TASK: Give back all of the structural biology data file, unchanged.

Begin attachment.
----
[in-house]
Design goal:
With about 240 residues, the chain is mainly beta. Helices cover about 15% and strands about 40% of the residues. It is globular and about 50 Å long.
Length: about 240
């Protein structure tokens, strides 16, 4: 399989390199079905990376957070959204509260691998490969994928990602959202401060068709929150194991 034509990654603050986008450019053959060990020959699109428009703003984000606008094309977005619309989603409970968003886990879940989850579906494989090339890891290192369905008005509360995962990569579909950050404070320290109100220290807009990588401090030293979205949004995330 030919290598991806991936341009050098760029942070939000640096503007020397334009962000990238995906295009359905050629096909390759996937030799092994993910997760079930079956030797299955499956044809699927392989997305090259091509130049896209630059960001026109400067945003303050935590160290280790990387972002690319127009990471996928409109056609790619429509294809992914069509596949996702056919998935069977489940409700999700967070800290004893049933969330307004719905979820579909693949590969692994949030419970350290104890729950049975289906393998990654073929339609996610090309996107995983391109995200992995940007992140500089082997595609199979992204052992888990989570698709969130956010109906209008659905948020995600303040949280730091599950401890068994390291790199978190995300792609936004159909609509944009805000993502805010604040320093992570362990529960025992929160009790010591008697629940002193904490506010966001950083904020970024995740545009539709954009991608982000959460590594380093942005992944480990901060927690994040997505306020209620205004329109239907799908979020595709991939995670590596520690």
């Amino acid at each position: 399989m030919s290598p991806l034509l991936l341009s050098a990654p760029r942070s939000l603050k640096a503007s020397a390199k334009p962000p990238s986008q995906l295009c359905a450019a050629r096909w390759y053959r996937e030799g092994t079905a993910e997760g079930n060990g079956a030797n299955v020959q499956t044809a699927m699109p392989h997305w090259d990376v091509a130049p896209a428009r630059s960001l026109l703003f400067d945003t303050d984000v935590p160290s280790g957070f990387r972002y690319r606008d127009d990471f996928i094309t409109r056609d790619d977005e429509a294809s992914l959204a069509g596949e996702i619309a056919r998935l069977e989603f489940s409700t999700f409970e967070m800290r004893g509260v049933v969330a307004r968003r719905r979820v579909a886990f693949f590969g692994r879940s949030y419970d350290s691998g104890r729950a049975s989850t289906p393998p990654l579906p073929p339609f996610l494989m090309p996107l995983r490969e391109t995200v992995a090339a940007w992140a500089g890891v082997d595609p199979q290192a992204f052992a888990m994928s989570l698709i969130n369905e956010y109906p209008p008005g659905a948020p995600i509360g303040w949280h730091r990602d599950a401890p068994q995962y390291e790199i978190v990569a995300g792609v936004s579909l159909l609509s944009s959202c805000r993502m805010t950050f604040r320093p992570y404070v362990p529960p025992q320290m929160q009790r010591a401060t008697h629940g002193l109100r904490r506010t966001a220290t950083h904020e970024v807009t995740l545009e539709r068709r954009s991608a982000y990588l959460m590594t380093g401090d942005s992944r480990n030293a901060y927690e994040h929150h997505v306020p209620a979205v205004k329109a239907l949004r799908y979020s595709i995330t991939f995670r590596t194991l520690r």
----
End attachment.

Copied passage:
[in-house]
Design goal:
With about 240 residues, the chain is mainly beta. Helices cover about 15% and strands about 40% of the residues. It is globular and about 50 Å long.
Length: about 240
């Protein structure tokens, strides 16, 4: 399989390199079905990376957070959204509260691998490969994928990602959202401060068709929150194991 034509990654603050986008450019053959060990020959699109428009703003984000606008094309977005619309989603409970968003886990879940989850579906494989090339890891290192369905008005509360995962990569579909950050404070320290109100220290807009990588401090030293979205949004995330 030919290598991806991936341009050098760029942070939000640096503007020397334009962000990238995906295009359905050629096909390759996937030799092994993910997760079930079956030797299955499956044809699927392989997305090259091509130049896209630059960001026109400067945003303050935590160290280790990387972002690319127009990471996928409109056609790619429509294809992914069509596949996702056919998935069977489940409700999700967070800290004893049933969330307004719905979820579909693949590969692994949030419970350290104890729950049975289906393998990654073929339609996610090309996107995983391109995200992995940007992140500089082997595609199979992204052992888990989570698709969130956010109906209008659905948020995600303040949280730091599950401890068994390291790199978190995300792609936004159909609509944009805000993502805010604040320093992570362990529960025992929160009790010591008697629940002193904490506010966001950083904020970024995740545009539709954009991608982000959460590594380093942005992944480990901060927690994040997505306020209620205004329109239907799908979020595709991939995670590596520690």
């Amino acid at each position: 399989m030919s290598p991806l034509l991936l341009s050098a990654p760029r942070s939000l603050k640096a503007s020397a390199k334009p962000p990238s986008q995906l295009c359905a450019a050629r096909w390759y053959r996937e030799g092994t079905a993910e997760g079930n060990g079956a030797n299955v020959q499956t044809a699927m699109p392989h997305w090259d990376v091509a130049p896209a428009r630059s960001l026109l703003f400067d945003t303050d984000v935590p160290s280790g957070f990387r972002y690319r606008d127009d990471f996928i094309t409109r056609d790619d977005e429509a294809s992914l959204a069509g596949e996702i619309a056919r998935l069977e989603f489940s409700t999700f409970e967070m800290r004893g509260v049933v969330a307004r968003r719905r979820v579909a886990f693949f590969g692994r879940s949030y419970d350290s691998g104890r729950a049975s989850t289906p393998p990654l579906p073929p339609f996610l494989m090309p996107l995983r490969e391109t995200v992995a090339a940007w992140a500089g890891v082997d595609p199979q290192a992204f052992a888990m994928s989570l698709i969130n369905e956010y109906p209008p008005g659905a948020p995600i509360g303040w949280h730091r990602d599950a401890p068994q995962y390291e790199i978190v990569a995300g792609v936004s579909l159909l609509s944009s959202c805000r993502m805010t950050f604040r320093p992570y404070v362990p529960p025992q320290m929160q009790r010591a401060t008697h629940g002193l109100r904490r506010t966001a220290t950083h904020e970024v807009t995740l545009e539709r068709r954009s991608a982000y990588l959460m590594t380093g401090d942005s992944r480990n030293a901060y927690e994040h929150h997505v306020p209620a979205v205004k329109a239907l949004r799908y979020s595709i995330t991939f995670r590596t194991l520690r």